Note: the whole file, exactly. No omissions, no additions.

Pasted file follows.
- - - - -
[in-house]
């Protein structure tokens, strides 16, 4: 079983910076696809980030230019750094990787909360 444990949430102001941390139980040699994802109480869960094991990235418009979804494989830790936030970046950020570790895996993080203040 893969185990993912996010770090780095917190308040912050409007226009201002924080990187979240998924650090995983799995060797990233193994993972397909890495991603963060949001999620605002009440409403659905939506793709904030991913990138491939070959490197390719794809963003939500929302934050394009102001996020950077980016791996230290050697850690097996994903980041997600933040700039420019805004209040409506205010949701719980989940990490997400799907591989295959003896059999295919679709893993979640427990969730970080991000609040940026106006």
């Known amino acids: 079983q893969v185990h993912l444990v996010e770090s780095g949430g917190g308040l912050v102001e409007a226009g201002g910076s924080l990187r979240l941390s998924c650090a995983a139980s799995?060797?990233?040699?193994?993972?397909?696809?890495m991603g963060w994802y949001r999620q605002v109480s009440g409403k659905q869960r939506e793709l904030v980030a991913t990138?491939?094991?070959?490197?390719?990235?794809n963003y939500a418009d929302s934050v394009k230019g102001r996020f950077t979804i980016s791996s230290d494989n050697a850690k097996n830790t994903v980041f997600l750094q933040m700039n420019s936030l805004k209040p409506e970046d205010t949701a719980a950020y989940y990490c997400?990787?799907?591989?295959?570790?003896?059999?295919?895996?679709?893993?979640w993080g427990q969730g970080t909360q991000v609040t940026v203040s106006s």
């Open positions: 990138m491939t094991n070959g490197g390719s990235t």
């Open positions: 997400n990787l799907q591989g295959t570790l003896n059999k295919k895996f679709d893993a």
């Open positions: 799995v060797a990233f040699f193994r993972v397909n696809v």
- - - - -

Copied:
[in-house]
């Protein structure tokens, strides 16, 4: 079983910076696809980030230019750094990787909360 444990949430102001941390139980040699994802109480869960094991990235418009979804494989830790936030970046950020570790895996993080203040 893969185990993912996010770090780095917190308040912050409007226009201002924080990187979240998924650090995983799995060797990233193994993972397909890495991603963060949001999620605002009440409403659905939506793709904030991913990138491939070959490197390719794809963003939500929302934050394009102001996020950077980016791996230290050697850690097996994903980041997600933040700039420019805004209040409506205010949701719980989940990490997400799907591989295959003896059999295919679709893993979640427990969730970080991000609040940026106006």
């Known amino acids: 079983q893969v185990h993912l444990v996010e770090s780095g949430g917190g308040l912050v102001e409007a226009g201002g910076s924080l990187r979240l941390s998924c650090a995983a139980s799995?060797?990233?040699?193994?993972?397909?696809?890495m991603g963060w994802y949001r999620q605002v109480s009440g409403k659905q869960r939506e793709l904030v980030a991913t990138?491939?094991?070959?490197?390719?990235?794809n963003y939500a418009d929302s934050v394009k230019g102001r996020f950077t979804i980016s791996s230290d494989n050697a850690k097996n830790t994903v980041f997600l750094q933040m700039n420019s936030l805004k209040p409506e970046d205010t949701a719980a950020y989940y990490c997400?990787?799907?591989?295959?570790?003896?059999?295919?895996?679709?893993?979640w993080g427990q969730g970080t909360q991000v609040t940026v203040s106006s």
């Open positions: 990138m491939t094991n070959g490197g390719s990235t």
């Open positions: 997400n990787l799907q591989g295959t570790l003896n059999k295919k895996f679709d893993a």
């Open positions: 799995v060797a990233f040699f193994r993972v397909n696809v």